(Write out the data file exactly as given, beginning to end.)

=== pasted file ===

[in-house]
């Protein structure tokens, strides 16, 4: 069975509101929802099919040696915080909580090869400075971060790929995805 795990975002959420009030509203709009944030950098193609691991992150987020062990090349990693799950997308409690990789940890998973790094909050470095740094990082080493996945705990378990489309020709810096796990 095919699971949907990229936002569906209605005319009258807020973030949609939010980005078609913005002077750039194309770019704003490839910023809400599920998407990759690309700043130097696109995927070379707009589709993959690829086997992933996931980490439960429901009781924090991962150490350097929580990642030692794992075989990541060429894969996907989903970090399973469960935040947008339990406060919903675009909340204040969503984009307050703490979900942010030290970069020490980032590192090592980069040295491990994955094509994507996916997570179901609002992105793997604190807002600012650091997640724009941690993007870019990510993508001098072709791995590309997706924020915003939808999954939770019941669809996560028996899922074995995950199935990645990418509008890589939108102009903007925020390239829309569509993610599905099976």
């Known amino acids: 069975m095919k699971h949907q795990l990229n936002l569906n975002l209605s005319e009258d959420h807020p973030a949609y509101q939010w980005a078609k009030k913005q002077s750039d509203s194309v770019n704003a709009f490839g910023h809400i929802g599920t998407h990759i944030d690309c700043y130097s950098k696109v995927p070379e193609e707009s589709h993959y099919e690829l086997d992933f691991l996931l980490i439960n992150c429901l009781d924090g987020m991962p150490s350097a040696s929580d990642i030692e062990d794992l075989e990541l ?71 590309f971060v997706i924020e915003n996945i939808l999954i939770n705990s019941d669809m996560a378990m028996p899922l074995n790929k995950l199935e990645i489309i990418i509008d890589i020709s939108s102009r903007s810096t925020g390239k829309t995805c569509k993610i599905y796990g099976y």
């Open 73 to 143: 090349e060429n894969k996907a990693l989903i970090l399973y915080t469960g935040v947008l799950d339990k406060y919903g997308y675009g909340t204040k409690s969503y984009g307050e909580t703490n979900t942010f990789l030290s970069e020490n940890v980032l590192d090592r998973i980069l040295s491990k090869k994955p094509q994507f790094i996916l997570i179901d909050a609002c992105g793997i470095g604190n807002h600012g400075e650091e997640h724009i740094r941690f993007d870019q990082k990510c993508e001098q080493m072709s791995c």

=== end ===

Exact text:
[in-house]
């Protein structure tokens, strides 16, 4: 069975509101929802099919040696915080909580090869400075971060790929995805 795990975002959420009030509203709009944030950098193609691991992150987020062990090349990693799950997308409690990789940890998973790094909050470095740094990082080493996945705990378990489309020709810096796990 095919699971949907990229936002569906209605005319009258807020973030949609939010980005078609913005002077750039194309770019704003490839910023809400599920998407990759690309700043130097696109995927070379707009589709993959690829086997992933996931980490439960429901009781924090991962150490350097929580990642030692794992075989990541060429894969996907989903970090399973469960935040947008339990406060919903675009909340204040969503984009307050703490979900942010030290970069020490980032590192090592980069040295491990994955094509994507996916997570179901609002992105793997604190807002600012650091997640724009941690993007870019990510993508001098072709791995590309997706924020915003939808999954939770019941669809996560028996899922074995995950199935990645990418509008890589939108102009903007925020390239829309569509993610599905099976």
């Known amino acids: 069975m095919k699971h949907q795990l990229n936002l569906n975002l209605s005319e009258d959420h807020p973030a949609y509101q939010w980005a078609k009030k913005q002077s750039d509203s194309v770019n704003a709009f490839g910023h809400i929802g599920t998407h990759i944030d690309c700043y130097s950098k696109v995927p070379e193609e707009s589709h993959y099919e690829l086997d992933f691991l996931l980490i439960n992150c429901l009781d924090g987020m991962p150490s350097a040696s929580d990642i030692e062990d794992l075989e990541l ?71 590309f971060v997706i924020e915003n996945i939808l999954i939770n705990s019941d669809m996560a378990m028996p899922l074995n790929k995950l199935e990645i489309i990418i509008d890589i020709s939108s102009r903007s810096t925020g390239k829309t995805c569509k993610i599905y796990g099976y």
């Open 73 to 143: 090349e060429n894969k996907a990693l989903i970090l399973y915080t469960g935040v947008l799950d339990k406060y919903g997308y675009g909340t204040k409690s969503y984009g307050e909580t703490n979900t942010f990789l030290s970069e020490n940890v980032l590192d090592r998973i980069l040295s491990k090869k994955p094509q994507f790094i996916l997570i179901d909050a609002c992105g793997i470095g604190n807002h600012g400075e650091e997640h724009i740094r941690f993007d870019q990082k990510c993508e001098q080493m072709s791995c």